Lead Scale Formation and Solubility

Pb phosphates – A solution or a new problem ?


A popular strategy for control of Pb release is addition of phosphate, either as orthophosphate, Zn-orthophosphate, or as polyphosphate. Schock et al. (1996) contains a detailed discussion of historic experience with phosphate and of equilibrium modeling. Figure 4 presents a simplified view of phosphate behavior using hydroxypyromorphite as an example. Adding orthophosphate greatly reduces the equilibrium solubility of phases like hydroxypyromorphite and its Cl and F cousins and should therefore reduce Pb at the tap. Similar results are sometimes obtained with polyphosphate addition by utilities with high pH distribution water, possibly because the polyphosphates revert to the monomeric orthophosphate in the distribution system (Schock and Clement, 1998, p. 21). However, in the absence of reversion, polyphosphate may well be detrimental because it prevents the formation of insoluble lead compounds (AwwaRF 1990) or enhances release of Pb particulates (Cantor et al. 2000; Edwards and McNeil, 2002).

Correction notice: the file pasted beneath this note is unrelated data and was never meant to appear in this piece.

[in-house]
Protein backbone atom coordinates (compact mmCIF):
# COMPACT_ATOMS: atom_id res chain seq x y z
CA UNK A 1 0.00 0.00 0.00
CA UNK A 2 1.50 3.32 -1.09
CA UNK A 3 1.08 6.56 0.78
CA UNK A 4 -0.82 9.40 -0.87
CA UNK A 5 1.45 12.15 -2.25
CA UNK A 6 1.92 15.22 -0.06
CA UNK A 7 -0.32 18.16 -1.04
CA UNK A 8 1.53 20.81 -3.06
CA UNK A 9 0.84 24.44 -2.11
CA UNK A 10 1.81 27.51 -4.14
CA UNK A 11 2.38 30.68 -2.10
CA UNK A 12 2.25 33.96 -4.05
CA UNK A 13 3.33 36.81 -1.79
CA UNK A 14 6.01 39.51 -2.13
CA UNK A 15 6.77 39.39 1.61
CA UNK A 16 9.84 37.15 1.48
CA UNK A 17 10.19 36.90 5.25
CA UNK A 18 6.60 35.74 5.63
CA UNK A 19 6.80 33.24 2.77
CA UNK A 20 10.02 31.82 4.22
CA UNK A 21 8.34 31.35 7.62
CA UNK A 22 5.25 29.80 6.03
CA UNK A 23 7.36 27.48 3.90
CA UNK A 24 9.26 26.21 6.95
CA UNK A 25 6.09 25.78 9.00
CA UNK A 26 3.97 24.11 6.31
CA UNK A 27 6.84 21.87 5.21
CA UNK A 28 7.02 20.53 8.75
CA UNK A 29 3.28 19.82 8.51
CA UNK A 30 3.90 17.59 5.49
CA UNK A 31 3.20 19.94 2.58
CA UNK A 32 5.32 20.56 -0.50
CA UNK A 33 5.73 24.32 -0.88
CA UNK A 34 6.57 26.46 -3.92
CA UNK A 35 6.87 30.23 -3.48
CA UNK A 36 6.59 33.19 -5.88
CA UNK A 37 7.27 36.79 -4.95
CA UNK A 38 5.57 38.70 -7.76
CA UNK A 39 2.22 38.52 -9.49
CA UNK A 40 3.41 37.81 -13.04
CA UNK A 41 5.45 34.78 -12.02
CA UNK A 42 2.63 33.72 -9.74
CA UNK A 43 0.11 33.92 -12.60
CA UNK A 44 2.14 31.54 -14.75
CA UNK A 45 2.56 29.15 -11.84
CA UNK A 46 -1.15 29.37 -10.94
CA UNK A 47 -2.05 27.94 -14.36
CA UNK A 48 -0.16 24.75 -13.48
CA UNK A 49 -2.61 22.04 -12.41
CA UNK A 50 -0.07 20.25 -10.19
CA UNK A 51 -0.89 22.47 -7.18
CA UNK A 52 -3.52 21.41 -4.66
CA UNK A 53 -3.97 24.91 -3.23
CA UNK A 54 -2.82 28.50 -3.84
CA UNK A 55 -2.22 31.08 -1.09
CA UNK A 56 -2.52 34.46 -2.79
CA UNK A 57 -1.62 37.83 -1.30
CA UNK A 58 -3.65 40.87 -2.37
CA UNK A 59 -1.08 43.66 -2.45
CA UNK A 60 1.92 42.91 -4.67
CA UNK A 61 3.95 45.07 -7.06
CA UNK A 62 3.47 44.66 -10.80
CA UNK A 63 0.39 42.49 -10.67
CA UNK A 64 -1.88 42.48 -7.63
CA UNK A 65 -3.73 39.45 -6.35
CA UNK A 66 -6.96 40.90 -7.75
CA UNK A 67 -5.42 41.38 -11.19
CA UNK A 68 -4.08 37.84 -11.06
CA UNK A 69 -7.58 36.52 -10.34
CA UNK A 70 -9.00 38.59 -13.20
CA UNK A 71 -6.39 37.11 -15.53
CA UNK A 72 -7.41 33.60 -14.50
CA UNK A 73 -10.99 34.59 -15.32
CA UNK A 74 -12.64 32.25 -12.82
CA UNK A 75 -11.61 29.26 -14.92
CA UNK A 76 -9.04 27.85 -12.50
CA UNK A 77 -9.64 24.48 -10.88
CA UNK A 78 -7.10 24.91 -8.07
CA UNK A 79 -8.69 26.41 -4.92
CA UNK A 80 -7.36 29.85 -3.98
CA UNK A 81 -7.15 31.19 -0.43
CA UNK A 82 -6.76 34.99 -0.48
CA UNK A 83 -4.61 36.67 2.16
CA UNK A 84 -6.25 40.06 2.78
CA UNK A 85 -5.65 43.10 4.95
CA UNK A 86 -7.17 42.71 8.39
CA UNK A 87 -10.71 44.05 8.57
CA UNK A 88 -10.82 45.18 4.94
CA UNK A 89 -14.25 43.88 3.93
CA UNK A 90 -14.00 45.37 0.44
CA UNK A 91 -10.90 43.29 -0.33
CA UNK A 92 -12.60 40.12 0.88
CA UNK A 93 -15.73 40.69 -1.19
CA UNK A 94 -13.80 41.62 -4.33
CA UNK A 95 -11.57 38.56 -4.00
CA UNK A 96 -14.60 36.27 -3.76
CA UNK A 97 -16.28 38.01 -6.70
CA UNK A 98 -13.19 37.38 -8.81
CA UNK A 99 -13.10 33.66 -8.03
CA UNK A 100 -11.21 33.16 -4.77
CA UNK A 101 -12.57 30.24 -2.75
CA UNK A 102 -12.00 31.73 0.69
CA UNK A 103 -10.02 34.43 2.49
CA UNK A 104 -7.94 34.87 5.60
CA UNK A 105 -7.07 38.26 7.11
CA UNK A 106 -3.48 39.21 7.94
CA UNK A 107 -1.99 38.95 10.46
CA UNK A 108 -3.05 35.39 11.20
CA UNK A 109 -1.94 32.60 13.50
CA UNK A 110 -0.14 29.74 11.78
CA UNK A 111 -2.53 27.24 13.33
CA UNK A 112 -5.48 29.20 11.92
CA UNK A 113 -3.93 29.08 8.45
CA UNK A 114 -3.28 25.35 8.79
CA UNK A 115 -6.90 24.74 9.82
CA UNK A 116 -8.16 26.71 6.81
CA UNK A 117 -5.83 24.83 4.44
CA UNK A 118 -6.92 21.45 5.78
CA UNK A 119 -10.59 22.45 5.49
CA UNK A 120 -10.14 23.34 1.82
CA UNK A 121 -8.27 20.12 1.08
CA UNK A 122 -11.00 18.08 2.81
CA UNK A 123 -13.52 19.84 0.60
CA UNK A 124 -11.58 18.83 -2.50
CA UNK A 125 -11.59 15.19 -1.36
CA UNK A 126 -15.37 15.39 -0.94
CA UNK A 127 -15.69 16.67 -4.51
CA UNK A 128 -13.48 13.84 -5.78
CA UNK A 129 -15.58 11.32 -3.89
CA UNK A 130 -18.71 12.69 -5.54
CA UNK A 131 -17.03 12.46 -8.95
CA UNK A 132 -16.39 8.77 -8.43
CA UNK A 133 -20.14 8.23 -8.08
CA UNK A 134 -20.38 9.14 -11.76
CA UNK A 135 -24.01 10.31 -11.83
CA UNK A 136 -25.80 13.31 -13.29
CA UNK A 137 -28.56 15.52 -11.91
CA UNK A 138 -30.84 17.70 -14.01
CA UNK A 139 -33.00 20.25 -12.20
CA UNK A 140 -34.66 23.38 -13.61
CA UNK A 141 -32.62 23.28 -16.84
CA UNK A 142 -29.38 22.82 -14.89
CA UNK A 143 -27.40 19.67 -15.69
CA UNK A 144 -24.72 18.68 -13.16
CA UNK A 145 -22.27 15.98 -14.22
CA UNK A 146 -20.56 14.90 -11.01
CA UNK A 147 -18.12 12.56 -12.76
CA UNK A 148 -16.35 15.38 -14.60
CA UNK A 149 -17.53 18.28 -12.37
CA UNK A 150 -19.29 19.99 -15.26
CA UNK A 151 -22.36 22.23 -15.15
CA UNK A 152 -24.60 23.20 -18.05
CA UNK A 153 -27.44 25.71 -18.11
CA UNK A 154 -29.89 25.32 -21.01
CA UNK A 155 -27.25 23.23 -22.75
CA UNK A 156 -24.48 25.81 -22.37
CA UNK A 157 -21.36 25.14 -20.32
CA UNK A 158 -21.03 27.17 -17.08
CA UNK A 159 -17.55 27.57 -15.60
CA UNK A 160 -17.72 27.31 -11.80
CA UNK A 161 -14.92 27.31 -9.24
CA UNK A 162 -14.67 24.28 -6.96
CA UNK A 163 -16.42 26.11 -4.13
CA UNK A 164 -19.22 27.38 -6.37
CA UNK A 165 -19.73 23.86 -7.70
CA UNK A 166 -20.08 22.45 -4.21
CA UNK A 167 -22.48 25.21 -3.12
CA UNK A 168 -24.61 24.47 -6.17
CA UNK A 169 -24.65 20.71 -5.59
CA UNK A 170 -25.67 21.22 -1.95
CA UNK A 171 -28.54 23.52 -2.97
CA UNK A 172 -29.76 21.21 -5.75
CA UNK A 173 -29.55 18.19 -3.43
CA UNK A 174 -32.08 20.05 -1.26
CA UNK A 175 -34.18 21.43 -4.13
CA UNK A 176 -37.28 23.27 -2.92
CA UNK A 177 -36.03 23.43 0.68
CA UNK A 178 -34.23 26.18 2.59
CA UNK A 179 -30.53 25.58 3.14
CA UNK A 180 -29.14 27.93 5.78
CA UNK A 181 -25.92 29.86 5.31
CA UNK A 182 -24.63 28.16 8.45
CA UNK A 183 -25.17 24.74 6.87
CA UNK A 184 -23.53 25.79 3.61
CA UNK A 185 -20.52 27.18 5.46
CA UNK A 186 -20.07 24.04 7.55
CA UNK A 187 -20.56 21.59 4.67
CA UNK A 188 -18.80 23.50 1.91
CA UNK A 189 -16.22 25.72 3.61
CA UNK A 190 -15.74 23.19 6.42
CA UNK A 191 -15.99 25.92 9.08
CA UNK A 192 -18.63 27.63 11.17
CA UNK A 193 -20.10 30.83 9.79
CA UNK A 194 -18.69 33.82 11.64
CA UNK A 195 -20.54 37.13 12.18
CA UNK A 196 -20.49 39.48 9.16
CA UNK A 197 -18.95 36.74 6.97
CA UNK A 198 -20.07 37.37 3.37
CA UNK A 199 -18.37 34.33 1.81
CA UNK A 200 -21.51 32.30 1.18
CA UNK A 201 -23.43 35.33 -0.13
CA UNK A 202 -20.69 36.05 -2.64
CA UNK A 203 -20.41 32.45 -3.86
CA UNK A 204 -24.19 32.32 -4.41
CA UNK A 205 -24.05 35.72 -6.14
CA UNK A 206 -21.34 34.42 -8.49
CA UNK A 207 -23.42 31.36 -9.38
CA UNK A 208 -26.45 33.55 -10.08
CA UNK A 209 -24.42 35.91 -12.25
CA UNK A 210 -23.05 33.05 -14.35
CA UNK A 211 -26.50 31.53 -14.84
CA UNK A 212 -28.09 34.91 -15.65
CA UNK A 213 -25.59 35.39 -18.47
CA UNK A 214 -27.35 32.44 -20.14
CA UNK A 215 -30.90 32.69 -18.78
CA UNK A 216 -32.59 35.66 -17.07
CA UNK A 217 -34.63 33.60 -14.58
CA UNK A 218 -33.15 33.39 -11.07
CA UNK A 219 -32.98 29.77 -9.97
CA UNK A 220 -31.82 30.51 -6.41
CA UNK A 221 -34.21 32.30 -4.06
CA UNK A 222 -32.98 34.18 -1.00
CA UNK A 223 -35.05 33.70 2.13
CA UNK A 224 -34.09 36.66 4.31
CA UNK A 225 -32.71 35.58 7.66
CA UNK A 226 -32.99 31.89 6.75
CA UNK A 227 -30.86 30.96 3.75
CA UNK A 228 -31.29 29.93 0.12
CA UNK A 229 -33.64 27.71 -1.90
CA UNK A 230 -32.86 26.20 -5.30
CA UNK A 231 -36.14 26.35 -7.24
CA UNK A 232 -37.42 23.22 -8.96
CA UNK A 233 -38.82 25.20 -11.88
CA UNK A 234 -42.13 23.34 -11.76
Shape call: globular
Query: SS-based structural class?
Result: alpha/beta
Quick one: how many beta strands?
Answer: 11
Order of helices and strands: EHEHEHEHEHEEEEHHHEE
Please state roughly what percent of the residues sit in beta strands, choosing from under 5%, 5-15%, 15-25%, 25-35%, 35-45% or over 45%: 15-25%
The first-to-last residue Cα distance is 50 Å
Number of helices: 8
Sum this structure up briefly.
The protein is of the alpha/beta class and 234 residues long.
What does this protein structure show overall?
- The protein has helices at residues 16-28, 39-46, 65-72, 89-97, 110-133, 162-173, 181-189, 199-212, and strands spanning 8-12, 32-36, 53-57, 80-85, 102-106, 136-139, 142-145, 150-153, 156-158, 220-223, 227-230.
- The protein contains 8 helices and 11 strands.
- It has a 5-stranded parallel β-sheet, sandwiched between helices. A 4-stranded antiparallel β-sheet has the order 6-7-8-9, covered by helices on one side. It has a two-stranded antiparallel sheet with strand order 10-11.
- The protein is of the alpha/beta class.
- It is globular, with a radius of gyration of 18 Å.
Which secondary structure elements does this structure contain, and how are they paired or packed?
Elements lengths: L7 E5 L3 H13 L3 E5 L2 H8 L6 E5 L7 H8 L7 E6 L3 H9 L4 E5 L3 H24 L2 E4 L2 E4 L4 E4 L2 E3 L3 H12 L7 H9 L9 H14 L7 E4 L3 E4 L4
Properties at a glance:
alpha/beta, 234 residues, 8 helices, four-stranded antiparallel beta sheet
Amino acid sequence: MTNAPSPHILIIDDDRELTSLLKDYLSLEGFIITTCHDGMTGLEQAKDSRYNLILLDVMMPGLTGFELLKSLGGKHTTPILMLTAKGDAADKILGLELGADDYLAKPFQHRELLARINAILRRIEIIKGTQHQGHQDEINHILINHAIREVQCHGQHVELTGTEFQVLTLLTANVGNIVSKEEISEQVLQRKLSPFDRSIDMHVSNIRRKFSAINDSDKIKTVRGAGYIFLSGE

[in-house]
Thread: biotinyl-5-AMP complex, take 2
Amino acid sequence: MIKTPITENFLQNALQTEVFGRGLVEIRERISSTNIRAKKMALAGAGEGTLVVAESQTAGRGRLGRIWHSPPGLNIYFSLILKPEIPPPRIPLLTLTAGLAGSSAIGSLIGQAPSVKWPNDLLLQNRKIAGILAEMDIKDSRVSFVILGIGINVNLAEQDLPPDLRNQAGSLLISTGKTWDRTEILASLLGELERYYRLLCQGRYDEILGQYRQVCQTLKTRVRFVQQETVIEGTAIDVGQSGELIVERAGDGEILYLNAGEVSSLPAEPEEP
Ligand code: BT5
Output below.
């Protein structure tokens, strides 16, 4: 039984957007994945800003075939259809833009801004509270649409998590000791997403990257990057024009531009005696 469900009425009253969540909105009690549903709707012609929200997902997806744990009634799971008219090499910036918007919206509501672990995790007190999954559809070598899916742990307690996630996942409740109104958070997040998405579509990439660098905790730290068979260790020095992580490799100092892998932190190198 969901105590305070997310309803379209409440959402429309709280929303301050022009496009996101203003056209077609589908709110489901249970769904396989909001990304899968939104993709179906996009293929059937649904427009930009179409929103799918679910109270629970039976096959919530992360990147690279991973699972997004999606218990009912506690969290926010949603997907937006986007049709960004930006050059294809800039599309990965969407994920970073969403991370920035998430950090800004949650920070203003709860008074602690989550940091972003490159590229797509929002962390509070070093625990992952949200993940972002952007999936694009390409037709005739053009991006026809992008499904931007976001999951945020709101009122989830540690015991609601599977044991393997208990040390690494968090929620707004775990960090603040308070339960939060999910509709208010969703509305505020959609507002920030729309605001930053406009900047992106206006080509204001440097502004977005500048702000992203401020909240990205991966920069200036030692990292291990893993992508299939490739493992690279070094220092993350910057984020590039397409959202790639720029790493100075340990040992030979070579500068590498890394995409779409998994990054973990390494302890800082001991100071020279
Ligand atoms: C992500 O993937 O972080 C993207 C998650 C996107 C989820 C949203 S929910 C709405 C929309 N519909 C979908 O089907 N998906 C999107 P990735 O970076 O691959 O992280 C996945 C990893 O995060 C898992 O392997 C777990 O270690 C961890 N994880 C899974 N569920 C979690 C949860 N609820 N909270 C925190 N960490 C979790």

Note that the amount of Pb in solution at equilibrium with pyromorphite is appreciably lower than for equilibrium with the carbonates and that the levels approach the LCR limit. However, there is a pronounced solubility minimum and much of the benefit could be lost by raising the pH beyond 8 when using orthophosphates. Chloropyromorphite is appreciably less soluble than hydroxypyromorphite in the MINTEQ database (Hopwood et al., 2002), so the incorporation of even small amounts of Cl- or F- into the structure could change the solubility behavior appreciably. Likewise, the vanadate ion (VO42-) substitutes readily for phosphate, and the mineral vanadinite is known from some distribution systems. Finally, PHREEQC modeling shows strong supersaturation with hydroxyapatite at all levels of orthophosphate addition for the whole pH range in Figure 4. It may be possible that the first phase to form is actually an apatite that subsequently reacts to adsorb Pb from solution. This, however, takes us into the realm of kinetics, which is not well understood for mineral systems in general, and is particularly poorly understood for the time frame and solution conditions presented by distribution systems.